•Experts estimate that 50 percent of the water we use outdoors goes to waste from evaporation, wind, or runoff due to overwatering.

•Even before the latest drought, per capita water use had declined significantly—from 231 gallons per day in 1990 to 180 gallons per day in 2010—reflecting substantial efforts to reduce water use through pricing incentives and mandatory installation of water-saving technologies like low-flow toilets and shower heads.

Lawn Watering During Different Seasons of the Year

The time of year plays a big role in how often you should water.


Depending on where you live, you might not need to water much at all in the spring. There might be enough water in the ground from the melting snowpack to keep your grass hydrated. If that’s not the case – and if it’s especially dry – you may need to give your lawn an inch or so of water per week.


In the summer, when the days are long and the temperatures are high, you will almost always need to provide supplemental watering. You will need to provide around one to two inches of water (at least) per week. (depending on the grass type)


As the temperatures start to drop, you only need to provide about half an inch of water per week. (depending on grass type)  You may be able to get away with little to no watering if your grass gets what it needs through natural rainfall. 


Many people assume that watering isn’t necessary in the winter – but it really depends on where you live. If you don’t get a hard frost or freeze, your grass may continue growing so you will need to continue watering.

Grass dries out much faster in the summer heat than it does in the winter so you can water much less often. For example if you live in the CA winters you might only water once every 10-15 days depending on rainfall.  Of course, if you live in a cold climate and your grass goes dormant, you don’t need to water at all.

Watering Cool-Season Grass vs Warm-Season Grass

Not all grass types are exactly alike in terms of how often and how much they need to be watered.

Warm-season grasses are those that grow best in areas that don’t experience harsh winter temperatures. These grasses have extensive root systems that can penetrate deep into the soil. Because of this, they need to be watered infrequently, but at a deeper depth and warm season grasses are naturally accustomed to hot climates.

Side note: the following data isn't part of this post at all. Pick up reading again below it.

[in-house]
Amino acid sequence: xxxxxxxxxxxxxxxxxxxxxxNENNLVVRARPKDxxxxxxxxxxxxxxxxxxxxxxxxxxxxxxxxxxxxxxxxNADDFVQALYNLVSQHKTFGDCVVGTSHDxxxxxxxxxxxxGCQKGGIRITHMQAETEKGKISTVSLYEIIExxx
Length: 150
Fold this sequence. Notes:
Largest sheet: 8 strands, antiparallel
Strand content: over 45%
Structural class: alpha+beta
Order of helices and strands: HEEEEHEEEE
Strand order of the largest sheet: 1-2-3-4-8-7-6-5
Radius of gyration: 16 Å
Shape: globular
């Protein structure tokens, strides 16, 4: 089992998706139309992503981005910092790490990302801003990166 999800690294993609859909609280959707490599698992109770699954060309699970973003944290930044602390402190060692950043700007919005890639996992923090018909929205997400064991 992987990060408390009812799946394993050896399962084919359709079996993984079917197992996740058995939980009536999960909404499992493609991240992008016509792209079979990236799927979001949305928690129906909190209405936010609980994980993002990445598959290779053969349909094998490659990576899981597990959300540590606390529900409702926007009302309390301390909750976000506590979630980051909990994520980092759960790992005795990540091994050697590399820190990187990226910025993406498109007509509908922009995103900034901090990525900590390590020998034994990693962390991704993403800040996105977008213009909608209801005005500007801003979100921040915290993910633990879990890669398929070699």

Try to water warm-season grasses (including Bermuda and St. Augustine) as infrequently as possible. If you can, just water once or twice a week. Otherwise, you might find that you have an excessive amount of runoff. 

If you have a cool-season lawn (like tall fescue, bluegrass, or ryegrass), you will need to water more often. The root systems of these grasses are not nearly as extensive as those of warm-season grasses. You may need to water as often as three times per week, but you won’t have to water as deeply. 

How Do I Know if I Overwatered My Lawn?

If your grass feels squishy a few hours after you’ve watered, that’s a good sign that it is way too wet. (Depending on soil type…Clay soils hold water and sandy soils do not.)

Fungal growth, like mushrooms, can indicate that your lawn is too wet. 

Note that some types of soil, like clay soil, are more likely to suffer from overwatering than sandy soil might be. 


While rainfall can often give your lawn exactly what it needs, the reality is that even an occasional dry spell (and certainly a prolonged drought) can wreak havoc on your plans to go au naturel with your lawn.

Therefore, it’s important to know how much (and how often!) to water your lawn. Hopefully, these tips for proper lawn care will help you grow the most gorgeous lawn imaginable!